Thursday, July 23, 2015

What's Best For You

We all want many things: we want that job, we want that scholarship, we want that promotion, we want to marry that person, we want to buy that house, we want to own that car, we want to have a child, we want to have a better child, and the list goes on and on. Our wants are endless.

The thing is, we might think that the thing that we want is what's best for us, but in reality it might not be. We are short sighted in how we see the world.

No matter how hard we try to predict how the future would be like, we still have no idea what will happen tomorrow or an hour from now or even a minute from now. That knowledge is Allah's domain, not ours.

But still, Allah encourages us to plan as a form of effort, not as a form of sealing the deal. We don't seal anything. We might think that if I have this thing, then my future would be better. But do we know that for sure, without a hint of a doubt?

In any type of human prediction, there's always doubt. For example, weather prediction has some of the most complex and thorough analyzing method I've ever seen. The data that is collected and analyzed is mind boggling. But still, even with that level of sophistication, we can't reach a 100% accuracy. There's always a margin of error; there's always a doubt.

We don't plan as if we know the future and we don't sit back and do nothing. We plan our lives as a form of effort and rely on Allah for what would be a better plan. That's the balance.

So if you want something, then go get it. Find the most honest way to get it. But if you don't end up getting it, then know that it might not be good for you.

We have to remember that du'a is not a demand, it is a request. We request Allah for something and He decides the outcome. We believe, or should believe, that whatever the outcome, that would be what's best for us - even if we may not understand it at the time.

At the same time, we are asked to try and try and try. Maybe we can try again getting that same thing or maybe we can try getting something else. If you ask me to conclude what is expected of us in one word, this is the word I'll use: try. Try your best, try sincerely, and you'll be rewarded. That's where the reward is: in your effort, not in your result.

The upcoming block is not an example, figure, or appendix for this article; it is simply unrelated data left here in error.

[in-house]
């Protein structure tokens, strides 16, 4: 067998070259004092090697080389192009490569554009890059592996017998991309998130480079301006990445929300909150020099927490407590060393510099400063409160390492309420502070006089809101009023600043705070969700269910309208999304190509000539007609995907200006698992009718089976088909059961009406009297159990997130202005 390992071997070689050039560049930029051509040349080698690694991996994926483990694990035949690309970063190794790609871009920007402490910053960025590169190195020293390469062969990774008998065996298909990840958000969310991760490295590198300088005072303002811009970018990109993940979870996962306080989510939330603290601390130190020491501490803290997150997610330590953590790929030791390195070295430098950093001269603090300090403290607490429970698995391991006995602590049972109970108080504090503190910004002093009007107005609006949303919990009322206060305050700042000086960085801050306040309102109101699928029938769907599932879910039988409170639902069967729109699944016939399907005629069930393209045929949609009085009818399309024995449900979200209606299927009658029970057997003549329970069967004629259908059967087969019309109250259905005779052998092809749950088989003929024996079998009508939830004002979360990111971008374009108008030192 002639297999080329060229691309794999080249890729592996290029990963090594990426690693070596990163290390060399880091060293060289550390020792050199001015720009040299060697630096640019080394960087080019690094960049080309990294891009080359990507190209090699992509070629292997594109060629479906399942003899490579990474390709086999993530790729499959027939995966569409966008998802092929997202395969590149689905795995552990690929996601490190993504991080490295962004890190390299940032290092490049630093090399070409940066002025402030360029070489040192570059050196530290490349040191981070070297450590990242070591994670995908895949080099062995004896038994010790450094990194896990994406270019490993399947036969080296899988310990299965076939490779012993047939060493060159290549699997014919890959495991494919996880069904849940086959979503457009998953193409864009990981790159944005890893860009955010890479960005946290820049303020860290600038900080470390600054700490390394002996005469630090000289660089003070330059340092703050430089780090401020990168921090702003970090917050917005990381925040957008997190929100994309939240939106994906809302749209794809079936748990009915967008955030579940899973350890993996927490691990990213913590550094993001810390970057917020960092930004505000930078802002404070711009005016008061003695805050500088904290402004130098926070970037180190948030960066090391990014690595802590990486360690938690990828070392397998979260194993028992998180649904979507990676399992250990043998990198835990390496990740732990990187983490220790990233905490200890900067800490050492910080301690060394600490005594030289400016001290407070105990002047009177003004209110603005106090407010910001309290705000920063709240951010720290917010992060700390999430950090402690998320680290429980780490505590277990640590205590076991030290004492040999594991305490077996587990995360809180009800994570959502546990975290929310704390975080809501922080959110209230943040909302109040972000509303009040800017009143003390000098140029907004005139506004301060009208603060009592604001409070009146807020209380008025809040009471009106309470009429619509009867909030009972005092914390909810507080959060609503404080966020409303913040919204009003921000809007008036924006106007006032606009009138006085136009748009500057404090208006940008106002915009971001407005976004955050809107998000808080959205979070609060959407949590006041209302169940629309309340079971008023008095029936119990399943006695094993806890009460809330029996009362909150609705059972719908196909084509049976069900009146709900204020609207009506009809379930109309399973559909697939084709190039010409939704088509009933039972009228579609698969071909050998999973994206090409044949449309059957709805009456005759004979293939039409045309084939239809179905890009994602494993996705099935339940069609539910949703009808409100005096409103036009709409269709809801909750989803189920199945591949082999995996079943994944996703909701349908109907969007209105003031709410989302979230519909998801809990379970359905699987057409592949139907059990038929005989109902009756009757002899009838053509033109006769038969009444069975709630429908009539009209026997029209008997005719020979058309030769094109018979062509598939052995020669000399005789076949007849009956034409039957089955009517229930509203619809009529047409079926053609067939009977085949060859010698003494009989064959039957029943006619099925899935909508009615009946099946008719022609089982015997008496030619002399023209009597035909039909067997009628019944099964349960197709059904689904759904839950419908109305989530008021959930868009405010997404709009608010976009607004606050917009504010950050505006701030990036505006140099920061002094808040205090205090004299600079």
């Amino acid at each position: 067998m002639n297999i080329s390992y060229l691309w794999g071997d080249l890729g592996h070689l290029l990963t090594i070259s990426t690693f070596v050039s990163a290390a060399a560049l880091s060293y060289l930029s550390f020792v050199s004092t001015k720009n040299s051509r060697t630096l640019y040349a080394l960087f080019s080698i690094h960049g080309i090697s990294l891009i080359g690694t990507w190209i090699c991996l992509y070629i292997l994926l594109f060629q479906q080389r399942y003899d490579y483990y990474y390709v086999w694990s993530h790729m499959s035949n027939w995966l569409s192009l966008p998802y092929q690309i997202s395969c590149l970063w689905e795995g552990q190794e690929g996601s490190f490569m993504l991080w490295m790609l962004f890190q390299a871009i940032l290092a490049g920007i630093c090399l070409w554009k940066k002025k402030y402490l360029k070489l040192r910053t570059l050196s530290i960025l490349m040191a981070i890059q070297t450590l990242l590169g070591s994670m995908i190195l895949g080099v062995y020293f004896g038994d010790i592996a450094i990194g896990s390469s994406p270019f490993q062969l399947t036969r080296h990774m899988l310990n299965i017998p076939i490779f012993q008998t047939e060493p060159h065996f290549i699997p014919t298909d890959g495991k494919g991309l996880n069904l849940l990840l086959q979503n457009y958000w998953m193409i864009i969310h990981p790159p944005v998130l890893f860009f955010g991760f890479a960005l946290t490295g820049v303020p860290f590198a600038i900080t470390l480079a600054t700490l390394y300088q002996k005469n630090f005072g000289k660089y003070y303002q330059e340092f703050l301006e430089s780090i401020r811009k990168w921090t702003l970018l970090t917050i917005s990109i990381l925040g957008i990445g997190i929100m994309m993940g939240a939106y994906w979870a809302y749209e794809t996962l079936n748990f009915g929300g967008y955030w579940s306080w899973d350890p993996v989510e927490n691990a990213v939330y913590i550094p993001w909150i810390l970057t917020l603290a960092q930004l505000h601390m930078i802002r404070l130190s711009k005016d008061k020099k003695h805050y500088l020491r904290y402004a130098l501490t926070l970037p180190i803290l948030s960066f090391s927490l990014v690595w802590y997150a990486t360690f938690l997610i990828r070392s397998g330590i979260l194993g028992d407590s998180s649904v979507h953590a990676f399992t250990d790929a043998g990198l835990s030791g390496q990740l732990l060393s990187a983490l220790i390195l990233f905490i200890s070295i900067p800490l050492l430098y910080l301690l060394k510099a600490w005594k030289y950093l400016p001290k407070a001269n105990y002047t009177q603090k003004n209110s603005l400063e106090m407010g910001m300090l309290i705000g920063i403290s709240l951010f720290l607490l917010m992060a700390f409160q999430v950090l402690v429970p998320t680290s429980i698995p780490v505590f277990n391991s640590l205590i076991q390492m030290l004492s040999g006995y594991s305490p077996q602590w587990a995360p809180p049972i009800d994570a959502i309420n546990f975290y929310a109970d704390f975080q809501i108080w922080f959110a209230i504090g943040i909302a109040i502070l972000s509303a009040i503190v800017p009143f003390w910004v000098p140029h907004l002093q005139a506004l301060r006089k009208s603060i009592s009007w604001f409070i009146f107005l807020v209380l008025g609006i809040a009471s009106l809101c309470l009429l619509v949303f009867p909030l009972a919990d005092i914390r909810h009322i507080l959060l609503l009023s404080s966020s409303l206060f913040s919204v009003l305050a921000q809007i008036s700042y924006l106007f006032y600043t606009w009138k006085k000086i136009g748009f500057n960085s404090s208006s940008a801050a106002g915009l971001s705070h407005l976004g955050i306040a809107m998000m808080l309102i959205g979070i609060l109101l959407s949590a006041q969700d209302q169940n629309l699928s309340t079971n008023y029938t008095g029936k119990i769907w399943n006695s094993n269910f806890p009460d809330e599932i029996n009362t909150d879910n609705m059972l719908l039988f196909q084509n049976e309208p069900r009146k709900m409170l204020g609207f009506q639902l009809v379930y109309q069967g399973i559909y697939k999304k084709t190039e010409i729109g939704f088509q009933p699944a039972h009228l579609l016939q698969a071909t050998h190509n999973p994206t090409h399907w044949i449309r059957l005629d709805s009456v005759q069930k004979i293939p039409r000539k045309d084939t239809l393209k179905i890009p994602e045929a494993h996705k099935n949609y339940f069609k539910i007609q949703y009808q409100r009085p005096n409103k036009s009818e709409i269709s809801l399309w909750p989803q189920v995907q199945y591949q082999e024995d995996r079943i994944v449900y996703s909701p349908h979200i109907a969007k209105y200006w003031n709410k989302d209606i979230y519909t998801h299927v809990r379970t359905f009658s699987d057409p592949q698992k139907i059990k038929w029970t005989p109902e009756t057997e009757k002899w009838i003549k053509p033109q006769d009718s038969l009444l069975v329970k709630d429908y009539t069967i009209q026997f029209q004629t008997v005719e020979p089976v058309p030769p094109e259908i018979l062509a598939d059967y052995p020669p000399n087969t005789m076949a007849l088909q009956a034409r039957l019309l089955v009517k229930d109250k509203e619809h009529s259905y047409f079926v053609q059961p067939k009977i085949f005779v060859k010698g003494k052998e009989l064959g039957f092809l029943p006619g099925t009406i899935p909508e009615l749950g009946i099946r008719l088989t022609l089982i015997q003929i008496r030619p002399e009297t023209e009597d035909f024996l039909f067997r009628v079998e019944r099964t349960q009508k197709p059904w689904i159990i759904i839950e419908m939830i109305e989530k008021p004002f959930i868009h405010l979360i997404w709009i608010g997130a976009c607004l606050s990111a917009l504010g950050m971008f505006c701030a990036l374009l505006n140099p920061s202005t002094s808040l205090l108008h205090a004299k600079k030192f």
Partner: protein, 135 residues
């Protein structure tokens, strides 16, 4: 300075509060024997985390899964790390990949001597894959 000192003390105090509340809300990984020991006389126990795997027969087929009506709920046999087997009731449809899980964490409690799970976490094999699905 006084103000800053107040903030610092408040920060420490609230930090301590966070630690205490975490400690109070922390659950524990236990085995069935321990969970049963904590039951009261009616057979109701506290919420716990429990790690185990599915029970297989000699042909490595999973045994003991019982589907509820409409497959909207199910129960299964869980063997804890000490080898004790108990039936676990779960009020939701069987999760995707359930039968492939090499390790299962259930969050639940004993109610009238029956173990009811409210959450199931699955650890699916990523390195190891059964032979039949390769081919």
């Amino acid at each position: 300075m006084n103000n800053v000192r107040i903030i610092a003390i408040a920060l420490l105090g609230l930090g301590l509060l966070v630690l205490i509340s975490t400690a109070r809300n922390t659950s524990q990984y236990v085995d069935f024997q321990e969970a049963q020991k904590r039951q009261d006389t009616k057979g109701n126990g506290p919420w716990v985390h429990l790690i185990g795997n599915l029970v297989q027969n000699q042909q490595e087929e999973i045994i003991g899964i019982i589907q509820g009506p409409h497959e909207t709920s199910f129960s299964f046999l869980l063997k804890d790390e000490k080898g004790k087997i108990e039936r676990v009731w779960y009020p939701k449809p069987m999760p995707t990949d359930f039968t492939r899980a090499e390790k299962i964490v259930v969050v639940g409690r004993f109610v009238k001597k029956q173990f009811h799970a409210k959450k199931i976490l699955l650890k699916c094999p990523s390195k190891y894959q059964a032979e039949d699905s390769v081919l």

Our effort is not lost and our request is not ignored. Allah listens to every dua and Allah rewards every sincere effort. Most importantly, Allah gives each individual not what the individual wants, but what is best for the individual.

It is not wrong to want something and to work for it. That's what we should do. But we do it with the mindset of acknowledging that even though I want this thing so badly, in the end only Allah knows if it is best for me or not.

Like a kid who wants to play with fire, not everything that we want is good for us, even though we might think and believe that we want is good for us. So when a parent stops the kid from playing with that fire, it’s natural to assume that the kid will retaliate, thinking that what’s good from him has been taken away.

But in reality, it’s the opposite: what’s bad is being taken away and what’s good is being given. We might not see it at the moment the thing that we want is being taken away from us, but with time and growth, we will see it and we will look back and say, “Thank God my parents never let me play with fire.”

Thank God. Thank God that He doesn't give us everything we wanted.